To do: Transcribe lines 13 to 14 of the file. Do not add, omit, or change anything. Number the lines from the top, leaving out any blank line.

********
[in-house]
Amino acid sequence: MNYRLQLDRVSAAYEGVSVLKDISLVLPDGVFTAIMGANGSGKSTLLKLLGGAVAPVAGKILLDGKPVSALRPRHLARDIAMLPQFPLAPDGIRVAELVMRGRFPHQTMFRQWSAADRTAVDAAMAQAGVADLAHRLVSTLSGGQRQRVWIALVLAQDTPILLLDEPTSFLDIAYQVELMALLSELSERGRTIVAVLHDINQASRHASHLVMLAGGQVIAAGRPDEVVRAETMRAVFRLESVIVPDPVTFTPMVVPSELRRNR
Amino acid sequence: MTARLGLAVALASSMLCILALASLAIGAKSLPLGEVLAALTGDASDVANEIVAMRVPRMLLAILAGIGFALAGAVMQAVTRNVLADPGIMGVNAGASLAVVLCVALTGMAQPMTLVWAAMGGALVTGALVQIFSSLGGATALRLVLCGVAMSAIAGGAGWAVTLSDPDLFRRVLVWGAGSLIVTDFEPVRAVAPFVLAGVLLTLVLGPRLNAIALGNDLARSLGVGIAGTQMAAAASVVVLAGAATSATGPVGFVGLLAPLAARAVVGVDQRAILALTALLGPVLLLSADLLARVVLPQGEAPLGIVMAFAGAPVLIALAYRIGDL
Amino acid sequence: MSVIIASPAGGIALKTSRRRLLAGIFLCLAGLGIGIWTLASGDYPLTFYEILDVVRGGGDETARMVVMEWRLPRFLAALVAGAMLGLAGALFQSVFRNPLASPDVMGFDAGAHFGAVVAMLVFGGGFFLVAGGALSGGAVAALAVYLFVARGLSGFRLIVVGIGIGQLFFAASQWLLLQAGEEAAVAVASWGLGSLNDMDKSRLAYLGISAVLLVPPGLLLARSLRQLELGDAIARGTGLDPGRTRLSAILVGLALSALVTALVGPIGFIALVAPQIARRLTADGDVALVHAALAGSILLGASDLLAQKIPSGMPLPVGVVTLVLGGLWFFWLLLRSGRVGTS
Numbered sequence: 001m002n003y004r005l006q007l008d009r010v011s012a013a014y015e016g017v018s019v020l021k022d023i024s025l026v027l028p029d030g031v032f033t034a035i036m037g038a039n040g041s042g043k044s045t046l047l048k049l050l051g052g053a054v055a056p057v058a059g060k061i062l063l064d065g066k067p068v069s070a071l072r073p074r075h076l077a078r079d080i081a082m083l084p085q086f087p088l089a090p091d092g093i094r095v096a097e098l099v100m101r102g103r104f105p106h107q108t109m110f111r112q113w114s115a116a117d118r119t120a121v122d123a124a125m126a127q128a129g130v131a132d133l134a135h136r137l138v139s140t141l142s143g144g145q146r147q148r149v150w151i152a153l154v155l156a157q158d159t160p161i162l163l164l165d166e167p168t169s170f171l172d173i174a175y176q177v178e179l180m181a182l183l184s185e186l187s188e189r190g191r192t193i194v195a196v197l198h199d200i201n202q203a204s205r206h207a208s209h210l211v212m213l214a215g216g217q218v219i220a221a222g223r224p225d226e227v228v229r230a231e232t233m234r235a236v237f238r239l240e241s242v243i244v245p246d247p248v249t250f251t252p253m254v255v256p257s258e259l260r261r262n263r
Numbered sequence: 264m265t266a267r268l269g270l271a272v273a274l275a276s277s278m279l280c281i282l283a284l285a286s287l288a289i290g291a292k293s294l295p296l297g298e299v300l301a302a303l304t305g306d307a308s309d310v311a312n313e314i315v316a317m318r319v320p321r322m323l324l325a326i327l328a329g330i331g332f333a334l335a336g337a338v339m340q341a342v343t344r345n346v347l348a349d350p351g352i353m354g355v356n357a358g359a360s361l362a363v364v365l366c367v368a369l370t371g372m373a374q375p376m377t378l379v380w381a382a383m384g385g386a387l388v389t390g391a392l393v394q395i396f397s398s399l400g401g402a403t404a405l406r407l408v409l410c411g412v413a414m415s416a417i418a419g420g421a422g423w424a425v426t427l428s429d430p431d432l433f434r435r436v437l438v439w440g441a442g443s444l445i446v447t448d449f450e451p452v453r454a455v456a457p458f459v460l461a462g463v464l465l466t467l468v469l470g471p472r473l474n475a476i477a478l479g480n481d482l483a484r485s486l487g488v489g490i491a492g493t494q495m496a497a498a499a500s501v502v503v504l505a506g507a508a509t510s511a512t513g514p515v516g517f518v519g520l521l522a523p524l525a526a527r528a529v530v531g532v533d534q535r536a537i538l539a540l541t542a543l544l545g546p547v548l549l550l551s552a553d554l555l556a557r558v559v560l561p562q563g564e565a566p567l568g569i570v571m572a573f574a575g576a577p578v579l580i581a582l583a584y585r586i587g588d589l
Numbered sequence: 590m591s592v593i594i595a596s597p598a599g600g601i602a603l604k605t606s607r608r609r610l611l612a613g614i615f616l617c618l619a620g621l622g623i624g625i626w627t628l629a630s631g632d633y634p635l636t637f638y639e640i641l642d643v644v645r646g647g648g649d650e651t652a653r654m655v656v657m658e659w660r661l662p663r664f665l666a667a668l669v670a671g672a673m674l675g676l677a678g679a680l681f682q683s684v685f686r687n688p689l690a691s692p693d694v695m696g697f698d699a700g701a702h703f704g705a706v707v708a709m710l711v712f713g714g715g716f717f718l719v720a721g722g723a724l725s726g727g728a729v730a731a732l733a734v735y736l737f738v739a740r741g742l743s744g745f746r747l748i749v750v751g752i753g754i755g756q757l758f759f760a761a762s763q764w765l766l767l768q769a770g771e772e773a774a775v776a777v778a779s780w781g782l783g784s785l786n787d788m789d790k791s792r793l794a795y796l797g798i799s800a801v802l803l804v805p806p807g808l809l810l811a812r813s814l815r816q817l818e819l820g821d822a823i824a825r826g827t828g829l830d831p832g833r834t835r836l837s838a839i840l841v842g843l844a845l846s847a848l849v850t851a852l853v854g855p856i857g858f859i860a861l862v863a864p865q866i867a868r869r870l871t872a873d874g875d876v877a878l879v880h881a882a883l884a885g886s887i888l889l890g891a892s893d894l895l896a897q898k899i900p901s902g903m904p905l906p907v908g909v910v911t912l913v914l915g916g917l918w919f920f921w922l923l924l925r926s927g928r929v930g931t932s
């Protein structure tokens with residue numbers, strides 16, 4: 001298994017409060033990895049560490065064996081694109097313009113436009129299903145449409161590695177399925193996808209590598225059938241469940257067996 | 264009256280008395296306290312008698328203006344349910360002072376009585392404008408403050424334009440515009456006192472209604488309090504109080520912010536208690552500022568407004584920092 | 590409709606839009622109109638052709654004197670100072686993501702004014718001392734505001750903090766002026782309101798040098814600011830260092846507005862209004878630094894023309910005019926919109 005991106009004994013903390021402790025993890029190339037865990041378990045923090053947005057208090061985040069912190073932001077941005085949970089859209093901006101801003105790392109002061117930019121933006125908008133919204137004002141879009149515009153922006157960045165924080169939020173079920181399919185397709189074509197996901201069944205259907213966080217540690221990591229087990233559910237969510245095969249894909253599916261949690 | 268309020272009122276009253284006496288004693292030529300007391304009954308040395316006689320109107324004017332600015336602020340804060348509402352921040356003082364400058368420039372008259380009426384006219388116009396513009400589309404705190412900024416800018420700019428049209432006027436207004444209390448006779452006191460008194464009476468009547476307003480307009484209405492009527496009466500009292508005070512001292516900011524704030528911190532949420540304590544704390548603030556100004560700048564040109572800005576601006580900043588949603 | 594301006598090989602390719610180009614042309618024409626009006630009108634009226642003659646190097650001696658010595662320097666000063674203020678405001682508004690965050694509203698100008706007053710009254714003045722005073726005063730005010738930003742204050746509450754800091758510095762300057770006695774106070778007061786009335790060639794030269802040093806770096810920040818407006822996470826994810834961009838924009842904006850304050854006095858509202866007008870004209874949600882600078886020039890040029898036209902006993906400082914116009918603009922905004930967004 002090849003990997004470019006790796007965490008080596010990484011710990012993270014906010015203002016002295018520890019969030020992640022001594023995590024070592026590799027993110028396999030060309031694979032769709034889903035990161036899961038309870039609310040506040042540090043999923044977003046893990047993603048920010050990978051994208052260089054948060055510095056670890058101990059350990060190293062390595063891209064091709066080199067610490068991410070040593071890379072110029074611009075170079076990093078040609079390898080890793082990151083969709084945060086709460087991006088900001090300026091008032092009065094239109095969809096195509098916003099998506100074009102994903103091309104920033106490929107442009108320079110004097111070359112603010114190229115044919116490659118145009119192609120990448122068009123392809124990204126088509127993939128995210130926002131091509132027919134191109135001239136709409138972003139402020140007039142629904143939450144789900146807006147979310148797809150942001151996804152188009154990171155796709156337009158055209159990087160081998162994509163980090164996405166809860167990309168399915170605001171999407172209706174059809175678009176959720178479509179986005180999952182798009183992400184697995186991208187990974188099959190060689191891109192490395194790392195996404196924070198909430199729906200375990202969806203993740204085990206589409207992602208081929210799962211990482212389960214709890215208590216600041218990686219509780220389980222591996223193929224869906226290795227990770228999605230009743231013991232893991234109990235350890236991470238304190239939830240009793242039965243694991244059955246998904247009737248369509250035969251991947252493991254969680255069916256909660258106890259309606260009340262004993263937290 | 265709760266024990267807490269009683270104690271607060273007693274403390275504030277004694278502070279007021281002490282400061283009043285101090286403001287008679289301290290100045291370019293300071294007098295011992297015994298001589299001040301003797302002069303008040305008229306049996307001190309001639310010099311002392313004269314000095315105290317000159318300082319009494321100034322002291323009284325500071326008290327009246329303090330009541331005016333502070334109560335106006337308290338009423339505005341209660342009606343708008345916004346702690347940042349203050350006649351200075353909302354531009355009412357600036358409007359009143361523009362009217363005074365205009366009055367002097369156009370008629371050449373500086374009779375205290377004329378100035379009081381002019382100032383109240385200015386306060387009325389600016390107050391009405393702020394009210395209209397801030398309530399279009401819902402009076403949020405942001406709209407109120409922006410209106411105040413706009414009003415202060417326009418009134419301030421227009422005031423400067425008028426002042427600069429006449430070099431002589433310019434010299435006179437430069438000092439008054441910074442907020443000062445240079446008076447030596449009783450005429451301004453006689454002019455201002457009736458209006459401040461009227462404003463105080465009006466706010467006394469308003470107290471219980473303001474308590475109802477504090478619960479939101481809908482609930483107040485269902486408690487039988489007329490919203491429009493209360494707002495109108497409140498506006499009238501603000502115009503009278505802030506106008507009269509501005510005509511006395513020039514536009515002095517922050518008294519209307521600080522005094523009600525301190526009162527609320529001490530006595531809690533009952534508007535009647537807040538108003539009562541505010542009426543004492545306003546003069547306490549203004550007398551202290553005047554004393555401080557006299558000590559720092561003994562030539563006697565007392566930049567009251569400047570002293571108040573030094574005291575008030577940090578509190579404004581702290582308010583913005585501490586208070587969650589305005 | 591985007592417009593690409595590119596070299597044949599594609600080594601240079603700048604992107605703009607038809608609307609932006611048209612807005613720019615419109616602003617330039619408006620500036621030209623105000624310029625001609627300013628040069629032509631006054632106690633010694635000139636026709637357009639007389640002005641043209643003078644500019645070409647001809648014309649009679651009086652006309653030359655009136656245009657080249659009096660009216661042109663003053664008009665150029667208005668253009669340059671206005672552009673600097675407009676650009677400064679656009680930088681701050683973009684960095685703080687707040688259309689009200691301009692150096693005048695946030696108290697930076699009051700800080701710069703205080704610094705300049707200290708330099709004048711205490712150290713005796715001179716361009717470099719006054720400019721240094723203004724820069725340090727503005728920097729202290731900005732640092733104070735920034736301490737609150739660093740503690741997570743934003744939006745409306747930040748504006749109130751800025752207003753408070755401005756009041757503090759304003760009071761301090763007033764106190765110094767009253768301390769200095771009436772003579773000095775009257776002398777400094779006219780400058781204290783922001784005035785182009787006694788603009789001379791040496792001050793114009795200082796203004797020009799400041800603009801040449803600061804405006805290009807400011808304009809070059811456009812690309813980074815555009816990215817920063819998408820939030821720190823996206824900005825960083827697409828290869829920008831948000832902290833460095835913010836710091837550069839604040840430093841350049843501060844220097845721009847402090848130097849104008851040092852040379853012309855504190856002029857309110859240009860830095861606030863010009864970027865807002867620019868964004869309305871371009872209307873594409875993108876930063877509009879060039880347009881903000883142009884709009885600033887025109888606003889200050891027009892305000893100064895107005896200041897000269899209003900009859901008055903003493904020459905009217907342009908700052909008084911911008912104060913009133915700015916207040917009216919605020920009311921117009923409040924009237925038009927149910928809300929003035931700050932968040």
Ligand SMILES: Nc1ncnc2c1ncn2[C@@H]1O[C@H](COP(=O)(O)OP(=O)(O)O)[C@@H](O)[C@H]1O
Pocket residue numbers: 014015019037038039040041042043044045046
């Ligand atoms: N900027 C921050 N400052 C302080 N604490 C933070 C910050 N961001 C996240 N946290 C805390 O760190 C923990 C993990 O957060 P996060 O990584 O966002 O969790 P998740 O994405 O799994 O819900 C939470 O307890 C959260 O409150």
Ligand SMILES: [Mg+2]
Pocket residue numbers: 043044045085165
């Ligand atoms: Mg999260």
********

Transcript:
Pocket residue numbers: 043044045085165
């Ligand atoms: Mg999260």